Monday, 27 August 2012

China's excavation of archaeological ruins in the Lamu Islands in northeast Kenya

Watch Video

Play Video
China and Kenya are joining hands in an archaeological excavation project. The excavation work held around the Kenyan town of Malindi, is aimed at revealing the prosperity of ancient Malindi, a port city which thrived in the 15th century and witnessed the earliest trade between Asia and Africa.
The joint project was agreed upon by China and Kenya in 2005 and involves the excavation of archaeological ruins in the Lamu Islands in northeast Kenya. The first phase of the project was carried out in 2010, while this phase began in late July this year and will last for two and a half months.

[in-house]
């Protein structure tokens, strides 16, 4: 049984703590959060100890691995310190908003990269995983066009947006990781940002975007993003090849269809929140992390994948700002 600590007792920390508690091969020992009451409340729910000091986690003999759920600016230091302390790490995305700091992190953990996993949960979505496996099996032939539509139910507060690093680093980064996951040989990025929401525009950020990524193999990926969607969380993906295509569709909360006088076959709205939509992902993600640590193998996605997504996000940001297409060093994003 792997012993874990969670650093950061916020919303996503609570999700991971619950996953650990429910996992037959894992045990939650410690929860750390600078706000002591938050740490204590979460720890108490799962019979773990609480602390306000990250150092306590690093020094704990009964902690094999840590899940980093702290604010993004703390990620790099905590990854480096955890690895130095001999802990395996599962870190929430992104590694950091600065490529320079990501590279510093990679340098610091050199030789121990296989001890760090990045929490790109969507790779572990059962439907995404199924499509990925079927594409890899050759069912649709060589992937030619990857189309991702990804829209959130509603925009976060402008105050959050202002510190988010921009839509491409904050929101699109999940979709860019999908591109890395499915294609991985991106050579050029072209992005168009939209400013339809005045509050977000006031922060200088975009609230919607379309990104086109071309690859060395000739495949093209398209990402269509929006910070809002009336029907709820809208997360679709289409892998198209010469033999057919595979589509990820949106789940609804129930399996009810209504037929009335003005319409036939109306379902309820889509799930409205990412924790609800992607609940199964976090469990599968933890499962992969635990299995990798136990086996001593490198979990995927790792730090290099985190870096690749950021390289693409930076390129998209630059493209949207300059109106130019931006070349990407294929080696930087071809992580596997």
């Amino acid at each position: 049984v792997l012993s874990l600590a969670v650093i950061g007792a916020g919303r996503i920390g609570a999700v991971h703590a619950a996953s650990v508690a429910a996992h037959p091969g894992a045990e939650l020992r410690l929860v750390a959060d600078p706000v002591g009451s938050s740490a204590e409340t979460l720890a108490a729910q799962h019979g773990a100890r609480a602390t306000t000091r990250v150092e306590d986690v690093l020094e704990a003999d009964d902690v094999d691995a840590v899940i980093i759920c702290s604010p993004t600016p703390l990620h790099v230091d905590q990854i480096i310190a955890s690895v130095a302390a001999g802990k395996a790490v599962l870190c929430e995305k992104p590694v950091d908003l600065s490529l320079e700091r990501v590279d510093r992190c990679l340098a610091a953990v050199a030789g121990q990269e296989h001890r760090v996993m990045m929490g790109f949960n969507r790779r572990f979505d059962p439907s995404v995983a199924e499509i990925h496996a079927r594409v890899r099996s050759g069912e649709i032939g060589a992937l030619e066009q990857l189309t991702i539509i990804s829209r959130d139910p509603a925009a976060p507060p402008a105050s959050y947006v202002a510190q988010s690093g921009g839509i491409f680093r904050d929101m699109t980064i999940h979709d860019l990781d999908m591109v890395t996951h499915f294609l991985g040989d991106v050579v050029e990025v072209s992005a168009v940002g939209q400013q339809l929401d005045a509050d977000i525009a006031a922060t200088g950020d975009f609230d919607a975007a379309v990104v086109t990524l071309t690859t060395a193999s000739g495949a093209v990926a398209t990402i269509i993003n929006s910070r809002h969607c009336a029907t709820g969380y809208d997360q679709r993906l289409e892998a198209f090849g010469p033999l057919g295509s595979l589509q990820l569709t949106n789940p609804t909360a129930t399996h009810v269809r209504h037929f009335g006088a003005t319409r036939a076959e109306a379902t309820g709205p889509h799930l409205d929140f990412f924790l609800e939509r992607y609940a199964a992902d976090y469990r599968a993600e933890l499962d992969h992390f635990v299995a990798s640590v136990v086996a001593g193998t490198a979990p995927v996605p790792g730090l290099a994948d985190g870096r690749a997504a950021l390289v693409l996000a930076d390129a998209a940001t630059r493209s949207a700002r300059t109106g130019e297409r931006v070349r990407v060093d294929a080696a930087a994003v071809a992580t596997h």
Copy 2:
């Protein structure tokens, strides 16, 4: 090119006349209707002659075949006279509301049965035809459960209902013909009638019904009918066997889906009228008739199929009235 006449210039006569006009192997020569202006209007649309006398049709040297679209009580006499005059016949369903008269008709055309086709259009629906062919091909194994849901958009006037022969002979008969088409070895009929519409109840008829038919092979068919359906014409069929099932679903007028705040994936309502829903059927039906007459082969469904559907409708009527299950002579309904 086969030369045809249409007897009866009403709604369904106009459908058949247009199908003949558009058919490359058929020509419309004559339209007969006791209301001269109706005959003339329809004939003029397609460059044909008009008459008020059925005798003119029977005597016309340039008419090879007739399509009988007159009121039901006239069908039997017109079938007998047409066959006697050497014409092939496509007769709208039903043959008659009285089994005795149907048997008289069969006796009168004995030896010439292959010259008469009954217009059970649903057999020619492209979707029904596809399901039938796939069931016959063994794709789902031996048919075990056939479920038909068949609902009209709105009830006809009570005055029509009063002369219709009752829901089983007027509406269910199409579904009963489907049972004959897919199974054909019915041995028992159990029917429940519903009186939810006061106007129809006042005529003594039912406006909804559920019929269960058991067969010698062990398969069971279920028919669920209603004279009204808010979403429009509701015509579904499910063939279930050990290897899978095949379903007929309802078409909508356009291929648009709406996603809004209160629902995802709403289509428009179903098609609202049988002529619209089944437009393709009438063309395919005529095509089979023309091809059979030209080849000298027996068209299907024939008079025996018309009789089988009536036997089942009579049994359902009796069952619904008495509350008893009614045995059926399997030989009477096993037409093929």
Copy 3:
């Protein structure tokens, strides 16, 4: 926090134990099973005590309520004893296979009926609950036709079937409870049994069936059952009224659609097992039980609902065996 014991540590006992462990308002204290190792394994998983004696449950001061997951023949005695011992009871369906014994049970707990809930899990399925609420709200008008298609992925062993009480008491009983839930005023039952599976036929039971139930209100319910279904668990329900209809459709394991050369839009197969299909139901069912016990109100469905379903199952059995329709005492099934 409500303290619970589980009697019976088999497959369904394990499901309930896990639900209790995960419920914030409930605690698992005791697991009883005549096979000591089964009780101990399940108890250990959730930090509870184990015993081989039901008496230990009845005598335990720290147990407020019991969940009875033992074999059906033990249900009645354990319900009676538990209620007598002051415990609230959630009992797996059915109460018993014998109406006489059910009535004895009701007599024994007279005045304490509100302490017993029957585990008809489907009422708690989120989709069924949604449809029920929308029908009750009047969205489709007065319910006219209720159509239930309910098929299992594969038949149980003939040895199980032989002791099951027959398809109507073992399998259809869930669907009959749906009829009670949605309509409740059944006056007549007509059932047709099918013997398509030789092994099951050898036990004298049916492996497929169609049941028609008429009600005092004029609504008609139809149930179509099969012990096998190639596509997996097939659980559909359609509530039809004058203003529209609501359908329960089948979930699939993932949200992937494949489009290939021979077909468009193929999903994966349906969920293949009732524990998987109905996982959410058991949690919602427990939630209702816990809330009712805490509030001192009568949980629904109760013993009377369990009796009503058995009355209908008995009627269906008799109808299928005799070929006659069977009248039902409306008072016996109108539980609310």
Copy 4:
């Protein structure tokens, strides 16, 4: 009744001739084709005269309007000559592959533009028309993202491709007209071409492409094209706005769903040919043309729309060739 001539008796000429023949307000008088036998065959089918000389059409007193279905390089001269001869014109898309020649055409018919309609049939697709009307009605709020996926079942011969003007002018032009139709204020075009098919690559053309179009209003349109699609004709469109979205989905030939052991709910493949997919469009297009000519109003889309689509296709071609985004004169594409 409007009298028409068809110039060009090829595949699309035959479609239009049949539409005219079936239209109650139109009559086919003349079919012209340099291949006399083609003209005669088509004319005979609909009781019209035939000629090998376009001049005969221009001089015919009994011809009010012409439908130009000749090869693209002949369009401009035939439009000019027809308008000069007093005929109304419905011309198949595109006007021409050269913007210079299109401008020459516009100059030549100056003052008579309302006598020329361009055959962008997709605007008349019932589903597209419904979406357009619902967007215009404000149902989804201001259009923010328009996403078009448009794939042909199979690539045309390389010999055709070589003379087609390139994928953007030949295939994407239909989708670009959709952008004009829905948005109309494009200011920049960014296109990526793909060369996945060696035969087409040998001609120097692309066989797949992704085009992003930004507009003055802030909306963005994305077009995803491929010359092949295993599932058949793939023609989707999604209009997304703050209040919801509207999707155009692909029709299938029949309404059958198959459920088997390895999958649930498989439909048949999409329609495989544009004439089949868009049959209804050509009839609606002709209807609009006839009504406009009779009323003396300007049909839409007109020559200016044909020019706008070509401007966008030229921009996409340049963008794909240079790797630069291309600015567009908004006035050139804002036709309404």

The current excavation is mainly in three places, Mumbrui village near the town of Malindi, the Khatibu Mosque, and the old part of town in Malindi. The whole excavation area measures up to 1600 square meters.
Qin Dashu, professor of Deputy of Archaeology, Peking University, says, "China boasts the earliest record of the ancient Malindi. An Arabian person also wrote about it in his travel notes, saying the ancient town was located near a river. He was referring to the Sabaki River. The village Mumbrui is near the Sabaki River, and the town Malindi is actually far away from it. So we think perhaps Mumbrui is the earliest inhabitated area of ancient Malindi."